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Deep-Sea Living in the Underground Tunnels of New York City
Deep-Sea Living

Easily one of the best stories we read last month came from The New York Times, and it was about a leak in the tunnels that bring water to New York City. It's no ordinary leak, we read.

For most of the last two decades, the Rondout-West Branch tunnel — 45 miles long, 13.5 feet wide, up to 1,200 feet below ground and responsible for ferrying half of New York City’s water supply from reservoirs in the Catskill Mountains — has been leaking some 20 million gallons a day. Except recently, when on some days it has lost up to 36 million gallons.

Using previously posted news items to put 36 million gallons of wasted drinking water into perspective, in May, Barcelona imported via ship cargo some 6 million gallons of emergency drinking water in the first of 6 shiploads per month for three months. Then in June, drought-hit Cyprus started importing from Greece some 14 million gallons of water per day until, presumably, this past November.

One lesson that can be gleaned from these figures is that a properly maintained infrastructure should be part of any conservation program, as important as reducing, recycling and reusing, in a climate-changed post-water world.

Deep-Sea Living

Meanwhile, the task to repair the leak is similarly extraordinary:

The city’s Department of Environmental Protection has embarked on a five-year, $240 million project to prepare to fix the tunnel — which includes figuring out how to keep water flowing through New Yorkers’ faucets during the repairs. The most immediate tasks are to fix a valve at the bottom of a 700-foot shaft in Dutchess County so pumps will eventually be able to drain the tunnel, and to ensure that the tunnel does not crack or collapse while it is empty.

This is actually the best part:

The city has enlisted six deep-sea divers who are living for more than a month in a sealed 24-foot tubular pressurized tank complete with showers, a television and a Nerf basketball hoop, breathing air that is 97.5 percent helium and 2.5 percent oxygen, so their high-pitched squeals are all but unintelligible to visitors. They leave the tank only to transfer to a diving bell that is lowered to the bottom of the oval-shaped shaft, where they work 12-hour shifts, with each man taking a four-hour turn hacking away at concrete to expose the valve.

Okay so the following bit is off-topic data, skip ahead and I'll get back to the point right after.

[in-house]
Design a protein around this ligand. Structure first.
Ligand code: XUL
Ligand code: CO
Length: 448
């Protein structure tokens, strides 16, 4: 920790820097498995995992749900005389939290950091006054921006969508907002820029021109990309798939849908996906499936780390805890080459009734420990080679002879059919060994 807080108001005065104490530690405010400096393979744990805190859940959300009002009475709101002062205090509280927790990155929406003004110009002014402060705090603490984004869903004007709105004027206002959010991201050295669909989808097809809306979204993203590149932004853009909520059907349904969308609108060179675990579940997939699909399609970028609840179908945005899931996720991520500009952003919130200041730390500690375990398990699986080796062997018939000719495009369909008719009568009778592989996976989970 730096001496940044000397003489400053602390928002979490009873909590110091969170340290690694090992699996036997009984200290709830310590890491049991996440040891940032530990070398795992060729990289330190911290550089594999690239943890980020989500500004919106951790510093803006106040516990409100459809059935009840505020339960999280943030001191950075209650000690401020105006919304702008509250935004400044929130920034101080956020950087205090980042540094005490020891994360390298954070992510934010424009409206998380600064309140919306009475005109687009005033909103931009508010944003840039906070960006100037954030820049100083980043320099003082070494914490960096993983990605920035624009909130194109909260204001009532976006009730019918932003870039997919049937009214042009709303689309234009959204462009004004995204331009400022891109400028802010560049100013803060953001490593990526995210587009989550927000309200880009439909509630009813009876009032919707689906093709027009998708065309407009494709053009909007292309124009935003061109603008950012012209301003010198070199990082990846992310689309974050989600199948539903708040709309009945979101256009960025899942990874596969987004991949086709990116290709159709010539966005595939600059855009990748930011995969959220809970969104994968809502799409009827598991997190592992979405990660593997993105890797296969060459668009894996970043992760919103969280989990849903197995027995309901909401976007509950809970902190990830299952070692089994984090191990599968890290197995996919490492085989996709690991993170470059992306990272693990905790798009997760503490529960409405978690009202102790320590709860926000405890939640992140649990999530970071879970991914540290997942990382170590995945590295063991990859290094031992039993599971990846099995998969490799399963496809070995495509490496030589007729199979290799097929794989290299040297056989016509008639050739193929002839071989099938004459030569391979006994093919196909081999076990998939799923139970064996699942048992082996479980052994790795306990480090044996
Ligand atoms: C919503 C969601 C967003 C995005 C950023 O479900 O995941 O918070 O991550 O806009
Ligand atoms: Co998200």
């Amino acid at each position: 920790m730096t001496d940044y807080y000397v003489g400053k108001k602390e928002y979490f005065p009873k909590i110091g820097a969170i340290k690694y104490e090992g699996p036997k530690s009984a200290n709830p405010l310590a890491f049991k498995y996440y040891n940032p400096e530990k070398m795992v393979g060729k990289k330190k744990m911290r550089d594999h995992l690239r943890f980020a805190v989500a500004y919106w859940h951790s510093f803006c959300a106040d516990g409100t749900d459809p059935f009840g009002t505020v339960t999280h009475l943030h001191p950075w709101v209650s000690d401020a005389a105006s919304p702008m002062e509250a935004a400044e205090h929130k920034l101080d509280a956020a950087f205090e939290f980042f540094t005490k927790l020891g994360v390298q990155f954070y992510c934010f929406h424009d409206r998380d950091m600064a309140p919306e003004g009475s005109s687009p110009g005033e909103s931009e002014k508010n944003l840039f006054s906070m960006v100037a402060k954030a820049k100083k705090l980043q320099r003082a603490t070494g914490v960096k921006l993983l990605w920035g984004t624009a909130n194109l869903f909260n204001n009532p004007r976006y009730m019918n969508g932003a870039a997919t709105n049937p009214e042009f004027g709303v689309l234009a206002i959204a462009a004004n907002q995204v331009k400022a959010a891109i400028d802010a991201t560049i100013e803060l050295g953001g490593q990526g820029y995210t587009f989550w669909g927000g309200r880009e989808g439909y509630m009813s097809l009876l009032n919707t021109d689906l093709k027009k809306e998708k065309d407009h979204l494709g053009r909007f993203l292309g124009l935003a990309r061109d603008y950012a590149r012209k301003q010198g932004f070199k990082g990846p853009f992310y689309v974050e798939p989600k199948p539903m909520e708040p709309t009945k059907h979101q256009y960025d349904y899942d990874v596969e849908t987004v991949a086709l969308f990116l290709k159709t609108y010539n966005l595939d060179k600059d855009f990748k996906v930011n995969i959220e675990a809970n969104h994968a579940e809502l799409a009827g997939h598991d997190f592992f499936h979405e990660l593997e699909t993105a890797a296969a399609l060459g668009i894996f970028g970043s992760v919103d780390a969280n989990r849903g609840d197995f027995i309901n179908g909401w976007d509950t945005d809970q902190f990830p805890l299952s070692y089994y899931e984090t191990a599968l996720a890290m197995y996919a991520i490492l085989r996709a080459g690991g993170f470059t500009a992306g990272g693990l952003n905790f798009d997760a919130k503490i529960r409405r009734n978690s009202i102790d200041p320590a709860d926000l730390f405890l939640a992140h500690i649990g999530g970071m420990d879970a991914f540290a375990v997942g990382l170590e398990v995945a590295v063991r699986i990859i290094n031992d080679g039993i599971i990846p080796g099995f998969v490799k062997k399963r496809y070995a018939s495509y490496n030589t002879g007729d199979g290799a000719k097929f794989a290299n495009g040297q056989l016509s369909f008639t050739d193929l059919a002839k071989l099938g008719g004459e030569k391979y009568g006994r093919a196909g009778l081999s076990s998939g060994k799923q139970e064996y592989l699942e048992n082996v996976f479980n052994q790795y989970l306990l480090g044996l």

Considering that “New York has one of the world’s most complex water systems” and that its hydraulic infrastructure will expand in ever greater complexity to meet the demands of an exploding population in the city and “upriver,” we like to imagine here a type of urbanism derived from a perpetual cycle of infrastructural repair and disrepair.

Deep-Sea Living

It all starts with a leak. Once fixed, another one is discovered immediately, and so the city dispatches another crew of deep-sea divers to disassemble the concrete and whack and wedge and screw shut a replacement tunnel.

Then more leaks, larger crews, longer time spent in aqueous near-darkness.

As the city's surface population grows to a billion — or billions — so will the denizens of its negative surface, because there is always a leak to repair in this urban ticking time-bomb of cholera and dysentery. To let it go uncaulked and flood the basements of suburbs and towns is to invite hydro-anarchy.

So with less and less opportunity to decompress, these deep-sea public works service corps will simply make camp permanently. They will live and work inside hyperbaric chambers. They will marry inside submarine cathedrals and synagogues; have children; rear them under compressive, metal-buttressed skies; drop them off to helium-filled schools; develop indigenous customs, idioms and myths.

They will even evolve a new dialect to accommodate their “high-pitched squeals.” Hydroengineering has reconfigured their biology, and so they must adapt.

They will also die there, with their bodies sent to the surface for burial.

Deep-Sea Living

It's a satellite city grafted onto an infrastructural rhizome of hydraulics; the spatial consequences not of some surface cataclysm but, to rephrase Koolhaas, of its parent city becoming a mere accumulation of minor urban disasters.

Tunnel-Digging as a Hobby

BLDGBLOG: Infrastructural Domesticity
  • Anonymous
  • December 2, 2008 at 9:50:00 PM CST
  • I think it would be in everyone's best interest not to clearly display a map of our city's water system.
    I wish some people would use their heads.

  • Anonymous
  • December 2, 2008 at 11:46:00 PM CST
  • Are you kidding me (to the above comment)? Have you heard of google? That is a PUBLIC map. Arrrrgh the terrorists aaaarrgh. Get a grip.

  • Zanshin
  • December 3, 2008 at 11:49:00 AM CST
  • That Saitama tunnel system looks like a stunning rival to the Mines of Moria.

  • Anonymous
  • December 21, 2008 at 9:21:00 PM CST
  • thanks for the post!
    diverse cultures can emerge from our cities!

  • Anonymous
  • March 17, 2011 at 1:17:00 PM CDT
  • wonderful pos!. I just wrote a blog-post on NYC's underground infrastructure a few days ago. What are the odds of being redirected to this page approximately 2 years after it was written :P. This underground stuff is quite interesting though.

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